The Bar, yes the Bar. Thinking of it gives me feverish thoughts. I want to believe there’s such a thing as sadism by way of loading your brain with too much information. But, the painting of Michael O’Toole remains an icon. It’s entitled Racing the Wind. A sailboat on a tough spot amidst rough waters. The strong wind drawn through high waves in a deep blue shade. I bought it three years ago. It now found its place on a barren white-washed wall. It would always follow its owner’s changing sanctuary.

A drifting message in a bottle has found its way to the shores, west. Thanks to you Lydia for filling something in me that’s long been empty. It’s just that I couldn’t find the right word to describe that filled space. I hope you continue to pursue your interest in learning to play the violin. A teacher once told me that it’s never too late to bow the strings and produce the most sacred sound on earth. I enrolled as a beginner back in December 2006 only after years of planning and yearning. It’s a joy to realize a childhood dream. Follow the beat of your heart always and you’ll find happiness.

(May 2007)
thirty thousand fishes is a working title of a current pastime where I try to recollect all the memories of a past that had probably inked into my consciousness forever. That past was so powerful and vivid and I thought it was worth coming up with a story initially but the experience had seen me writing a good number of words, paragraphs, chapters and so on. . . am posting the pambungad of an experiment I started for about two years now. . .an experiment which seems to last a lifetime. . .

What about the death of thirty thousand fishes?

It marked the end of a smooth sailing passage into life’s tumultuous moments.
The bulwark of water coming from the water pump reflects the silver moon that hanged in the night. It was way past midnight and my father and I were busy salvaging the repugnant breathing of every fish that’s populating the pond. The froth created by the endless panting by the little fishes was creating an enormous white island in the middle of the pond. My father was standing still at the bank which made me chill more with the damp and cold wind passing from the north. He was a resolute man; resolute and firm. This was summer and he knew very well the danger that is brought by the season.



Don't Feed The Pixies said...

I think this posting really underlines why i wanted to pass it on to you in the first place - you always write so well and put so much thought into your research and details and i love the fact that you pasted highlights from these blogs - i will definately visit a few when i'm back up to speed after last week :(

Words alone cannot say how much i enjoy your blog - great stuff :)

Wayfaring Wanderer said...


Thank you, dear friend......I am so happy that we stumbled upon one another (thru robin) so many months ago. I have always viewed your insights as a breath of fresh air, thank you for that.

p.s. When I was reading those passages you found on my blog....I was thinking who wrote that!?!? haha

p.s.s. "self-aggrandizement" That word is soooo going into my vocab. hahahaha

sharryb said...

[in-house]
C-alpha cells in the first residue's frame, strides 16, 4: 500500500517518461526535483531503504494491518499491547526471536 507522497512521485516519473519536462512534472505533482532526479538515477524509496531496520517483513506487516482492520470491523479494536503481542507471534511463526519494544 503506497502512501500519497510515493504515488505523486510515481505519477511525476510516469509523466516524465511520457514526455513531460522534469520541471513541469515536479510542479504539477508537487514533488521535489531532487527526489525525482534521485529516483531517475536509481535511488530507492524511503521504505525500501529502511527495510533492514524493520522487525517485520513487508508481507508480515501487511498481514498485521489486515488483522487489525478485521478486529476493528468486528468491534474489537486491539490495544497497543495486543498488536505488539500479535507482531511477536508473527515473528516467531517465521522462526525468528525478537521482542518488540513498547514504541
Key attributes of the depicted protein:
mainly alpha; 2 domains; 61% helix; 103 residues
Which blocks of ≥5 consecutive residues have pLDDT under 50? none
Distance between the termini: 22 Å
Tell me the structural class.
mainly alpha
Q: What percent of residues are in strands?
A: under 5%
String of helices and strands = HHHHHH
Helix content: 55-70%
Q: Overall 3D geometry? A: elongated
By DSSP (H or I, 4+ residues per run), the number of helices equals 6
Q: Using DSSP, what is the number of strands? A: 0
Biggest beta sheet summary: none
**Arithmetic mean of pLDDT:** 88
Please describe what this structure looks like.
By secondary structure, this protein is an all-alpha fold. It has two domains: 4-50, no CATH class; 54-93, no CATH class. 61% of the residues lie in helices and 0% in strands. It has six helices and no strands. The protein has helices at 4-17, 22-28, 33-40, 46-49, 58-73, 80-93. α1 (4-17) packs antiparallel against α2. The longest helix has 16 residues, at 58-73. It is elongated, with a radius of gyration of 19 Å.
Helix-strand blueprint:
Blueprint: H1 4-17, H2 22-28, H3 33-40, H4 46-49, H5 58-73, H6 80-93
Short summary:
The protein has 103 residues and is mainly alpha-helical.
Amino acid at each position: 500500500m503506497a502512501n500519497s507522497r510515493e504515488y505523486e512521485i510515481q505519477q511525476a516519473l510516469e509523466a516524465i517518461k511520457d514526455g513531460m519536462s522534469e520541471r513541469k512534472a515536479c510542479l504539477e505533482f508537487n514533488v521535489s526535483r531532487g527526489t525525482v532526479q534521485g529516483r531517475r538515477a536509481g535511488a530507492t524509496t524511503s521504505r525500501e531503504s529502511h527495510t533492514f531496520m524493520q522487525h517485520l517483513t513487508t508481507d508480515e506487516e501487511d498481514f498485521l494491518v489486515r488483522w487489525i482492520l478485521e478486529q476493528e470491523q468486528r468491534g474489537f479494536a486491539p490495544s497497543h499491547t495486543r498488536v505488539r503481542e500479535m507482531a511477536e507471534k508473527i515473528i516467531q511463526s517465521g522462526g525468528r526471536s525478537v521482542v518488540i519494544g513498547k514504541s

Wow! What an honor. I am looking forward to reading the other blogs you named. Some I know, but most not yet.


distracted by shiny objects said...

It's late and my eyes are fading, but could not rest without thanking you with all my heart. You have been a lighthouse for me--you know the days when you feel "Does anyone but me really get this??" Your beacon passes around again and I realize that there are other souls out there beyond the breakers. Thank you:>) I'll read and write more tomorrow .

Lydia said...

You are so kind and, as you can see, what you started has struck a chord with other recipients now. I'll be over to see your blog in a bit. In the meantime, I hope you're doing ok with all you've got in your schedule right now. :)

Wayfaring Wanderer,
I loved those words of yours and it was difficult to place them here without one of your so beautiful photos. Your short essays, haikus, etc. are always so meaningful. And your photography is a gift to all who visit. :)

I'm really looking forward to our Focusing session, although I can't quite imagine what it'll be like! You were my first blogging friend, the first to compliment my blog. It meant so much to me, still does. :)

Distracted (Who, everyone reading this, is the author of "A Tidings of Magpies" blog),
See what you do even with the wording in a thank you message? You paint with your words. I'm humbled by your comments about me, and it tickles me to think of your enjoying the blogs of those other souls....

Jennifer said...

Lydia -- Congratulations! It's wonderful to be recognized, and it is clear that you invest time into your well-written and often wide-ranging posts.

I love this approach, giving a little taste of the blogs you've passed the award on to.

And thanks for not passing it on to me, because it does cause me angst. :) But I am funny that way.

YogaforCynics said...

To think I was flagrantly ripping off poems from your blog today without even knowing there was an award waiting for me here--and you even include my misanthropic grousing (somewhere 'twixt earnest and joke) about people liking my blog and giving me awards. I do like your blogs, though, and am honored. Thanks you so much...and check this shit out: one of the other honorees is writing about a Dylan gig....